Plans should consider some type of notification to COBRA participants of the consequence of not paying the full COBRA premium at the end of the Outbreak Period (i.e., the plan will not cover claims from any month for which the premiums are not paid in full at the end of the Outbreak Period).  It is important that COBRA participants understand this consequence, as failure to pay premiums could leave some claims unpaid for reimbursement to medical providers, who may look to recoup the costs from the patient.

COBRA notification deadlines.  The deadline for COBRA participants to notify the Plan of a qualifying event under COBRA, or a determination of disability, is likewise extended.  Plans also have an extension equal to the Outbreak Period to provide the notice of the right to elect COBRA.

Benefit Claims and Appeals.

Benefit claims. The Outbreak Period is disregarded in determining the deadline to file a benefit claim.  The application of this extension can be different based on the plan’s claim deadline rules.  For example, if a claim incurred during the plan year is due within 1 month of the end of the plan year and the plan year ends February 29, 2020, the claim is now due 1 month after the end of the Outbreak Period.  The Agencies provided an example wherein medical services were received on March 1, 2020, and the claim for those services was due 365 days after the medical services were received.  In that example, the claim was due 365 days after the end of the Outbreak Period.  Based on that example, if medical services had been received on April 1, 2020, in that same plan, then the claims would still be due 365 days after the end of the Outbreak Period.  The first month of the Outbreak Period, before the claim was incurred on April 1, is not added to the deadline because the deadline is merely paused for the portion of the Outbreak Period after the occurrence of the relevant event, such as receiving medical services.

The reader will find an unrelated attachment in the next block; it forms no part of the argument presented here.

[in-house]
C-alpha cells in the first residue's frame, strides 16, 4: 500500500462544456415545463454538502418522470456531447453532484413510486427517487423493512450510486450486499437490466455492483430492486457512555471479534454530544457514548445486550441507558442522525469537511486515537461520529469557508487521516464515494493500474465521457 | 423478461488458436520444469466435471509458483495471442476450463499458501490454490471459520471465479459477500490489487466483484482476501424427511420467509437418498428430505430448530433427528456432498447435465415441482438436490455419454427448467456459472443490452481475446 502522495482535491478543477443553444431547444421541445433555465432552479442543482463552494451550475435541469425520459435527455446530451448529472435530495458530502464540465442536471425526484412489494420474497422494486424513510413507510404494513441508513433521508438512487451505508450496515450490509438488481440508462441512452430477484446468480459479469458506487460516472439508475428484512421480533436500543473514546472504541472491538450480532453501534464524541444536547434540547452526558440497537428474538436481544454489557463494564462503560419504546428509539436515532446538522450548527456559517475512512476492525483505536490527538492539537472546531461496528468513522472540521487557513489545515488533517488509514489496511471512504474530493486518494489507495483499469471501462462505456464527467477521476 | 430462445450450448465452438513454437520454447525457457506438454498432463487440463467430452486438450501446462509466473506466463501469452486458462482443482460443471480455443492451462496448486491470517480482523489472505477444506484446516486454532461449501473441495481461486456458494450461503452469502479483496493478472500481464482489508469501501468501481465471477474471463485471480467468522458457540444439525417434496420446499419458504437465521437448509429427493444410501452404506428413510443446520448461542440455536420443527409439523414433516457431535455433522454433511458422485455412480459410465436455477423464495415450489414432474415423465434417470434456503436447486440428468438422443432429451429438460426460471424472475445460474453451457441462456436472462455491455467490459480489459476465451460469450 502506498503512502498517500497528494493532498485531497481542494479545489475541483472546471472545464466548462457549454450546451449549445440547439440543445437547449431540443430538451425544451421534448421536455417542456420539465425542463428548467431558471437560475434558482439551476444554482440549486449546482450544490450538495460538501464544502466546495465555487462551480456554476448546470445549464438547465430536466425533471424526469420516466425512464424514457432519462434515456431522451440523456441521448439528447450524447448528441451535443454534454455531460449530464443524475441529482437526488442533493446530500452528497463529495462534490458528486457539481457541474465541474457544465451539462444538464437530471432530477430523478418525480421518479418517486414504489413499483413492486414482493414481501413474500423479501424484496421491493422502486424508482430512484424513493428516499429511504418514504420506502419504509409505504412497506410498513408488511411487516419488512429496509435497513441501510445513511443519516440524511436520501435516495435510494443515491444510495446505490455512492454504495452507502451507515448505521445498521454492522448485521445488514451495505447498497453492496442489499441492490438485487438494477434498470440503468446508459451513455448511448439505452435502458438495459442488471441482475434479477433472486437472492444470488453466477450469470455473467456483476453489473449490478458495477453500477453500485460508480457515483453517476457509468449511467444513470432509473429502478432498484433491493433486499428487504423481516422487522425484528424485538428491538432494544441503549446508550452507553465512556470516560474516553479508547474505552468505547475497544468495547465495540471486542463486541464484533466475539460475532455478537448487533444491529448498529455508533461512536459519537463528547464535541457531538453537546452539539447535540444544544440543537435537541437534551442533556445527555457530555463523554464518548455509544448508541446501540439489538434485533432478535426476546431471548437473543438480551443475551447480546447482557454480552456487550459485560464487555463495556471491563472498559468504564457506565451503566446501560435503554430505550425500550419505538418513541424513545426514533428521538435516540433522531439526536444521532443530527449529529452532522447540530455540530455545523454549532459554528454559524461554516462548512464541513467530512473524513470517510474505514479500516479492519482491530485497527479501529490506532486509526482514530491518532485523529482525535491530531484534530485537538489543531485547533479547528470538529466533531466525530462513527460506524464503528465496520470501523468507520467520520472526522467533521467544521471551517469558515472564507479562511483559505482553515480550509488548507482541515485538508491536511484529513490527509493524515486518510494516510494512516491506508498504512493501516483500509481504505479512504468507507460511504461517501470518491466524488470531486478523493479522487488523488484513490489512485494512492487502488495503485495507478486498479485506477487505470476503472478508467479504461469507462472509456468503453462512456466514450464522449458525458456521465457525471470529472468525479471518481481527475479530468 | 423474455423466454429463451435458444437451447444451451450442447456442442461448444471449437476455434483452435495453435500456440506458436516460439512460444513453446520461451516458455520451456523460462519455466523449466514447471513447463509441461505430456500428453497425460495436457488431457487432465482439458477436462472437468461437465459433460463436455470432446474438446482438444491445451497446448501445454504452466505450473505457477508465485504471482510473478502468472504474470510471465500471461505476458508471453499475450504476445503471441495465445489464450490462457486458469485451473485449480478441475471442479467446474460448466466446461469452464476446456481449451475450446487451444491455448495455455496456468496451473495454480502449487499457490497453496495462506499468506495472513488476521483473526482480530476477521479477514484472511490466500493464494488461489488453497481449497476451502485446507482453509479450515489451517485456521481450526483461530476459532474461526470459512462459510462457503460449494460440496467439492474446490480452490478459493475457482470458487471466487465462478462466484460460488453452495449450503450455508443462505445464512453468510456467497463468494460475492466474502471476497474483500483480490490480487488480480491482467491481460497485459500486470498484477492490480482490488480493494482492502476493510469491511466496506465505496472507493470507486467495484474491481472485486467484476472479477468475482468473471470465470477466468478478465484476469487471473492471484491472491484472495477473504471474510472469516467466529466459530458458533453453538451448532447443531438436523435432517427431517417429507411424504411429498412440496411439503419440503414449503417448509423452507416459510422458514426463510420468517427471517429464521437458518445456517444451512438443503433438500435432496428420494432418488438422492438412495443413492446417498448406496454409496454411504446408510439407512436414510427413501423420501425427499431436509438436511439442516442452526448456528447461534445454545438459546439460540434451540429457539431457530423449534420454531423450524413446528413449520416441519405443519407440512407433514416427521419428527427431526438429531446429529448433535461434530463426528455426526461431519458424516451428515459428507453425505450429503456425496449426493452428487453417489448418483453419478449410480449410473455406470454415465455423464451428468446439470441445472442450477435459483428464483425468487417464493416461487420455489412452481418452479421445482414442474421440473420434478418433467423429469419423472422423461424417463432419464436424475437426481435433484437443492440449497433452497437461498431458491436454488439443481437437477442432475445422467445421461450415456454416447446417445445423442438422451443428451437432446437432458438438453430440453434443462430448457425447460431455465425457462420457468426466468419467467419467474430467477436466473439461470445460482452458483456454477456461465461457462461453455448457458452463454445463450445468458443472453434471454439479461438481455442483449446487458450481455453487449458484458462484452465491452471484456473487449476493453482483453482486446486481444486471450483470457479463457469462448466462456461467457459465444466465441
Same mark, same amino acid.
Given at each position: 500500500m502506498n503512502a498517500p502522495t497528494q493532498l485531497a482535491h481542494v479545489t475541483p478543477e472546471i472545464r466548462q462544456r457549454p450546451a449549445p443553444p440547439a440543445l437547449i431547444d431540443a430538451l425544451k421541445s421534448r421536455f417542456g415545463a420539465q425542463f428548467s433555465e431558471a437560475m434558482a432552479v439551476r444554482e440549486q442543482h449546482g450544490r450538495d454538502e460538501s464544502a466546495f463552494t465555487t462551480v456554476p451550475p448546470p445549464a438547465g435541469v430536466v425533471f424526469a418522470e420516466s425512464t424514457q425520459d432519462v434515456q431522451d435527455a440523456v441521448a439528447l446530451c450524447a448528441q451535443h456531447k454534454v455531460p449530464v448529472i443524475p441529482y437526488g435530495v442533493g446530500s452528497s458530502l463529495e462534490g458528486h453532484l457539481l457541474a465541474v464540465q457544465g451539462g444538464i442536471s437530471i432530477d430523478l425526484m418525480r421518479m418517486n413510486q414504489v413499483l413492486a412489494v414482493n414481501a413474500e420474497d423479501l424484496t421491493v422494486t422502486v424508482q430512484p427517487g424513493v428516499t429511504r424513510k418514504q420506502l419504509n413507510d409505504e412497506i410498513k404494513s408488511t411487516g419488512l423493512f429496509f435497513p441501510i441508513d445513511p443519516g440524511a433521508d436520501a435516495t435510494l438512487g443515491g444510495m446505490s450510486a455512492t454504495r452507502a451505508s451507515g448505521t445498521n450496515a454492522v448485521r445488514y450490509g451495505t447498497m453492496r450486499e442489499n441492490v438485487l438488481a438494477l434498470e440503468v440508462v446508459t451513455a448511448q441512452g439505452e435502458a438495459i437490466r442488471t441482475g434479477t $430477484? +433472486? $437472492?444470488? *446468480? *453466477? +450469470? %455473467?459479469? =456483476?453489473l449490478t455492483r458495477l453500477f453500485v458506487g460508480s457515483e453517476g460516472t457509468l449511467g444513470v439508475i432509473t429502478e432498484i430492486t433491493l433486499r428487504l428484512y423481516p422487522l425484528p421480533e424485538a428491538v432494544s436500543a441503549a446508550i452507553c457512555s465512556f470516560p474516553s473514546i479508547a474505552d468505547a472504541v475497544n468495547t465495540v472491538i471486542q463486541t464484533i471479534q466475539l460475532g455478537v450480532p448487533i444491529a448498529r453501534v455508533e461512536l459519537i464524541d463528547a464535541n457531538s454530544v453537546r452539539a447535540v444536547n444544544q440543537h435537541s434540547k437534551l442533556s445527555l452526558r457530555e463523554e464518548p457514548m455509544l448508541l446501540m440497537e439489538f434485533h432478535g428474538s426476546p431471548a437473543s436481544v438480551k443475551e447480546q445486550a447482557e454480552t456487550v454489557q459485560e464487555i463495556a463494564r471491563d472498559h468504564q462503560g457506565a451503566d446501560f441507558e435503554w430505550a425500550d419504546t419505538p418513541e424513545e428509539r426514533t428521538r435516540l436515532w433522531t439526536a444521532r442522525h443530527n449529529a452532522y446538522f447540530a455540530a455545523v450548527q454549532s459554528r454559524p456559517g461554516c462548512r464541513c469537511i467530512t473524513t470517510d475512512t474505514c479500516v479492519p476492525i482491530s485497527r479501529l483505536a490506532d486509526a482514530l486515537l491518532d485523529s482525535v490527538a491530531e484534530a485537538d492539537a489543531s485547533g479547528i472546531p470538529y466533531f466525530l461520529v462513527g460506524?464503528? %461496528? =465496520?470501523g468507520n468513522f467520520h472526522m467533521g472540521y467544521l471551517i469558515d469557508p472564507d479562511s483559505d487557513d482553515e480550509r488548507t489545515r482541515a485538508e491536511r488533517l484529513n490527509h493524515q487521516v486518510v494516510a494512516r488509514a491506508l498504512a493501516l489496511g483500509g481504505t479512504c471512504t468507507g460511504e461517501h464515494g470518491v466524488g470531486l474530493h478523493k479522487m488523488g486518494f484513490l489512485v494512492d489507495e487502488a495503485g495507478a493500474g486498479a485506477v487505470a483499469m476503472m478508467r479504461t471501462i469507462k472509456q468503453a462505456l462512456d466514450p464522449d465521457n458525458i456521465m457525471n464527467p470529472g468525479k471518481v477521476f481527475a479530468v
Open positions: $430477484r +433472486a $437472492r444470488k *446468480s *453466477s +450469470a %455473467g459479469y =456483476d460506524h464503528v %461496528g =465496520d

Appeal deadline. The deadline to file an appeal of an adverse benefit determination (e.g., claim denial) that would fall during the Outbreak Period is also paused during the Outbreak Period.  The normal appeal deadline is 180 days after notice of the claim denial, and now an appeal deadline that would otherwise occur during the Outbreak Period will be paused until after the Outbreak Period.  So, for example, if the notice of claim denial was dated January 28, 2020, then the beneficiary would have exhausted 32 days of the COBRA election period by March 1, and would still have 148 days remaining to file the appeal after the end of the Outbreak Period.  If the notice of claim denial was dated during the Outbreak Period, then the beneficiary would have the full 180 days after the end of the Outbreak Period to file the appeal.  Deadlines for filing a request for external review, and providing information on that request, are likewise extended.

Special Enrollment Requests.

Individuals normally have 30 days (in some circumstances 60 days) to request special enrollment in a health plan outside of the regular open enrollment period.  Birth of a child and marriage are events for which individuals can request special enrollment for 30 days after the event.  Pursuant to these extensions, individuals now have an extended period that adds the remaining Outbreak Period to the time period in which they can request special enrollment.